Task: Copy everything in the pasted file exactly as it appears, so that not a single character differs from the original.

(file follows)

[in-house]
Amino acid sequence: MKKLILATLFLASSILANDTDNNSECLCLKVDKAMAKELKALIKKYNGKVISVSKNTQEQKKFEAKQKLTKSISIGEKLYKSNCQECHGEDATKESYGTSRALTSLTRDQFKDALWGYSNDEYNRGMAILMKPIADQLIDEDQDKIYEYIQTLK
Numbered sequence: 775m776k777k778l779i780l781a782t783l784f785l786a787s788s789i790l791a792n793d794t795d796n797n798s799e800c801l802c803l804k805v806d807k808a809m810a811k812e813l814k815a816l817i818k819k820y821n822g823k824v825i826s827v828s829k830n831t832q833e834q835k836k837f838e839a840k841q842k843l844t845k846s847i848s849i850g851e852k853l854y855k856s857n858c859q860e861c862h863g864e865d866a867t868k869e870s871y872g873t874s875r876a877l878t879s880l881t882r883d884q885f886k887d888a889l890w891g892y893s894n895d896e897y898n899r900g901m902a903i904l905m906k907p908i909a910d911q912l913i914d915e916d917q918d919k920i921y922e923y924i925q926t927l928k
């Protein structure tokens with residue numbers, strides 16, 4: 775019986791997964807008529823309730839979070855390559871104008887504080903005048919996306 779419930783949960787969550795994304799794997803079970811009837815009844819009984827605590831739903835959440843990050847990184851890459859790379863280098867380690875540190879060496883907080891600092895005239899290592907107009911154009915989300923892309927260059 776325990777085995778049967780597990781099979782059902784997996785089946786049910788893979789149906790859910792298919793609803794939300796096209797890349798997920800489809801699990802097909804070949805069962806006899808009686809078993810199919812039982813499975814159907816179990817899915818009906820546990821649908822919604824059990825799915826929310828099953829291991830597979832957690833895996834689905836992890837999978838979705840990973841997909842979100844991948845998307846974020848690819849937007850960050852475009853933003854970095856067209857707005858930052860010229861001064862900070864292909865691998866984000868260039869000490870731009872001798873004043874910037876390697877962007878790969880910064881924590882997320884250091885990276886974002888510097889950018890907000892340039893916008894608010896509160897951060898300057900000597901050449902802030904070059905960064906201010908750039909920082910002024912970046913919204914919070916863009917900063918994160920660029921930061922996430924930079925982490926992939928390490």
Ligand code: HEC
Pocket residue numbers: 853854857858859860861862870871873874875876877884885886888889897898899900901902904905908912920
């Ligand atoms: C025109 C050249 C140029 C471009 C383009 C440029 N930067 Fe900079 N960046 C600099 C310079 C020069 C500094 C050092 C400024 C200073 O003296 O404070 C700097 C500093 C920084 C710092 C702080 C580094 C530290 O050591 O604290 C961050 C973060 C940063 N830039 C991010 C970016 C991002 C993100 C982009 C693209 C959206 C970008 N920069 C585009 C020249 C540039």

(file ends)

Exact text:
[in-house]
Amino acid sequence: MKKLILATLFLASSILANDTDNNSECLCLKVDKAMAKELKALIKKYNGKVISVSKNTQEQKKFEAKQKLTKSISIGEKLYKSNCQECHGEDATKESYGTSRALTSLTRDQFKDALWGYSNDEYNRGMAILMKPIADQLIDEDQDKIYEYIQTLK
Numbered sequence: 775m776k777k778l779i780l781a782t783l784f785l786a787s788s789i790l791a792n793d794t795d796n797n798s799e800c801l802c803l804k805v806d807k808a809m810a811k812e813l814k815a816l817i818k819k820y821n822g823k824v825i826s827v828s829k830n831t832q833e834q835k836k837f838e839a840k841q842k843l844t845k846s847i848s849i850g851e852k853l854y855k856s857n858c859q860e861c862h863g864e865d866a867t868k869e870s871y872g873t874s875r876a877l878t879s880l881t882r883d884q885f886k887d888a889l890w891g892y893s894n895d896e897y898n899r900g901m902a903i904l905m906k907p908i909a910d911q912l913i914d915e916d917q918d919k920i921y922e923y924i925q926t927l928k
């Protein structure tokens with residue numbers, strides 16, 4: 775019986791997964807008529823309730839979070855390559871104008887504080903005048919996306 779419930783949960787969550795994304799794997803079970811009837815009844819009984827605590831739903835959440843990050847990184851890459859790379863280098867380690875540190879060496883907080891600092895005239899290592907107009911154009915989300923892309927260059 776325990777085995778049967780597990781099979782059902784997996785089946786049910788893979789149906790859910792298919793609803794939300796096209797890349798997920800489809801699990802097909804070949805069962806006899808009686809078993810199919812039982813499975814159907816179990817899915818009906820546990821649908822919604824059990825799915826929310828099953829291991830597979832957690833895996834689905836992890837999978838979705840990973841997909842979100844991948845998307846974020848690819849937007850960050852475009853933003854970095856067209857707005858930052860010229861001064862900070864292909865691998866984000868260039869000490870731009872001798873004043874910037876390697877962007878790969880910064881924590882997320884250091885990276886974002888510097889950018890907000892340039893916008894608010896509160897951060898300057900000597901050449902802030904070059905960064906201010908750039909920082910002024912970046913919204914919070916863009917900063918994160920660029921930061922996430924930079925982490926992939928390490």
Ligand code: HEC
Pocket residue numbers: 853854857858859860861862870871873874875876877884885886888889897898899900901902904905908912920
């Ligand atoms: C025109 C050249 C140029 C471009 C383009 C440029 N930067 Fe900079 N960046 C600099 C310079 C020069 C500094 C050092 C400024 C200073 O003296 O404070 C700097 C500093 C920084 C710092 C702080 C580094 C530290 O050591 O604290 C961050 C973060 C940063 N830039 C991010 C970016 C991002 C993100 C982009 C693209 C959206 C970008 N920069 C585009 C020249 C540039």